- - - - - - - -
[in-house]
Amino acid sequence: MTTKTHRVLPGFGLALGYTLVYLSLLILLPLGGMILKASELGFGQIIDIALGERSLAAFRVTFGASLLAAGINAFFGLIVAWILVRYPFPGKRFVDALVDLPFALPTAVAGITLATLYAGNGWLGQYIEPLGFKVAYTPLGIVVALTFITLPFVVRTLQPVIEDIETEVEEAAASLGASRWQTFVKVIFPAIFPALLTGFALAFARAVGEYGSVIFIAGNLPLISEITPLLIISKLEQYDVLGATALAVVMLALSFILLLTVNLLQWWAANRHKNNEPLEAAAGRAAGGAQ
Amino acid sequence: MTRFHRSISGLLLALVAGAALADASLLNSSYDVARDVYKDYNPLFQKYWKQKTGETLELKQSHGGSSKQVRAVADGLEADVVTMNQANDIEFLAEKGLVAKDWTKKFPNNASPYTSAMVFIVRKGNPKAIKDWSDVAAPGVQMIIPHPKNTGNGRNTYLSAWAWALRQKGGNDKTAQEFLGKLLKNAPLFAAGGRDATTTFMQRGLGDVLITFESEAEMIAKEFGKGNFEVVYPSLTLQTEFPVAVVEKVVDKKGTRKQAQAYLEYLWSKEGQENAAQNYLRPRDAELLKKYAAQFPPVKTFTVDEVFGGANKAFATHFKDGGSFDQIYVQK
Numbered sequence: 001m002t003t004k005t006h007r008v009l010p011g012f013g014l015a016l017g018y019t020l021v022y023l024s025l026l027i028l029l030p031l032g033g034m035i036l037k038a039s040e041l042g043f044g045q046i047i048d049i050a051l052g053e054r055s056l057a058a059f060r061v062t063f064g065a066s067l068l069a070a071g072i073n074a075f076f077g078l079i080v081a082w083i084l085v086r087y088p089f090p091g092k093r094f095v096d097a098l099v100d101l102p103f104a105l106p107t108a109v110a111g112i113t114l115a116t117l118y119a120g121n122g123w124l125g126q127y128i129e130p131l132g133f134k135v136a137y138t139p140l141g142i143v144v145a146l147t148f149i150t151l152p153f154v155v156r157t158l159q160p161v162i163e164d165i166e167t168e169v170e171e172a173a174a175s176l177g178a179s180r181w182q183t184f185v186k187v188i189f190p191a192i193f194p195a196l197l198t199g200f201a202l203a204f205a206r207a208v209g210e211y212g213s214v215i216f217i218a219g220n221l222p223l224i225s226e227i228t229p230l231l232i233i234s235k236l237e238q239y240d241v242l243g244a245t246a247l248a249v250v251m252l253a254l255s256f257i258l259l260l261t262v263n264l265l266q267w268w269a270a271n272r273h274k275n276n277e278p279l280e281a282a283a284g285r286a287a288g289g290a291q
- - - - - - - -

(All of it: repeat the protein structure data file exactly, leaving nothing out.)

[in-house]
Amino acid sequence: MTTKTHRVLPGFGLALGYTLVYLSLLILLPLGGMILKASELGFGQIIDIALGERSLAAFRVTFGASLLAAGINAFFGLIVAWILVRYPFPGKRFVDALVDLPFALPTAVAGITLATLYAGNGWLGQYIEPLGFKVAYTPLGIVVALTFITLPFVVRTLQPVIEDIETEVEEAAASLGASRWQTFVKVIFPAIFPALLTGFALAFARAVGEYGSVIFIAGNLPLISEITPLLIISKLEQYDVLGATALAVVMLALSFILLLTVNLLQWWAANRHKNNEPLEAAAGRAAGGAQ
Amino acid sequence: MTRFHRSISGLLLALVAGAALADASLLNSSYDVARDVYKDYNPLFQKYWKQKTGETLELKQSHGGSSKQVRAVADGLEADVVTMNQANDIEFLAEKGLVAKDWTKKFPNNASPYTSAMVFIVRKGNPKAIKDWSDVAAPGVQMIIPHPKNTGNGRNTYLSAWAWALRQKGGNDKTAQEFLGKLLKNAPLFAAGGRDATTTFMQRGLGDVLITFESEAEMIAKEFGKGNFEVVYPSLTLQTEFPVAVVEKVVDKKGTRKQAQAYLEYLWSKEGQENAAQNYLRPRDAELLKKYAAQFPPVKTFTVDEVFGGANKAFATHFKDGGSFDQIYVQK
Numbered sequence: 001m002t003t004k005t006h007r008v009l010p011g012f013g014l015a016l017g018y019t020l021v022y023l024s025l026l027i028l029l030p031l032g033g034m035i036l037k038a039s040e041l042g043f044g045q046i047i048d049i050a051l052g053e054r055s056l057a058a059f060r061v062t063f064g065a066s067l068l069a070a071g072i073n074a075f076f077g078l079i080v081a082w083i084l085v086r087y088p089f090p091g092k093r094f095v096d097a098l099v100d101l102p103f104a105l106p107t108a109v110a111g112i113t114l115a116t117l118y119a120g121n122g123w124l125g126q127y128i129e130p131l132g133f134k135v136a137y138t139p140l141g142i143v144v145a146l147t148f149i150t151l152p153f154v155v156r157t158l159q160p161v162i163e164d165i166e167t168e169v170e171e172a173a174a175s176l177g178a179s180r181w182q183t184f185v186k187v188i189f190p191a192i193f194p195a196l197l198t199g200f201a202l203a204f205a206r207a208v209g210e211y212g213s214v215i216f217i218a219g220n221l222p223l224i225s226e227i228t229p230l231l232i233i234s235k236l237e238q239y240d241v242l243g244a245t246a247l248a249v250v251m252l253a254l255s256f257i258l259l260l261t262v263n264l265l266q267w268w269a270a271n272r273h274k275n276n277e278p279l280e281a282a283a284g285r286a287a288g289g290a291q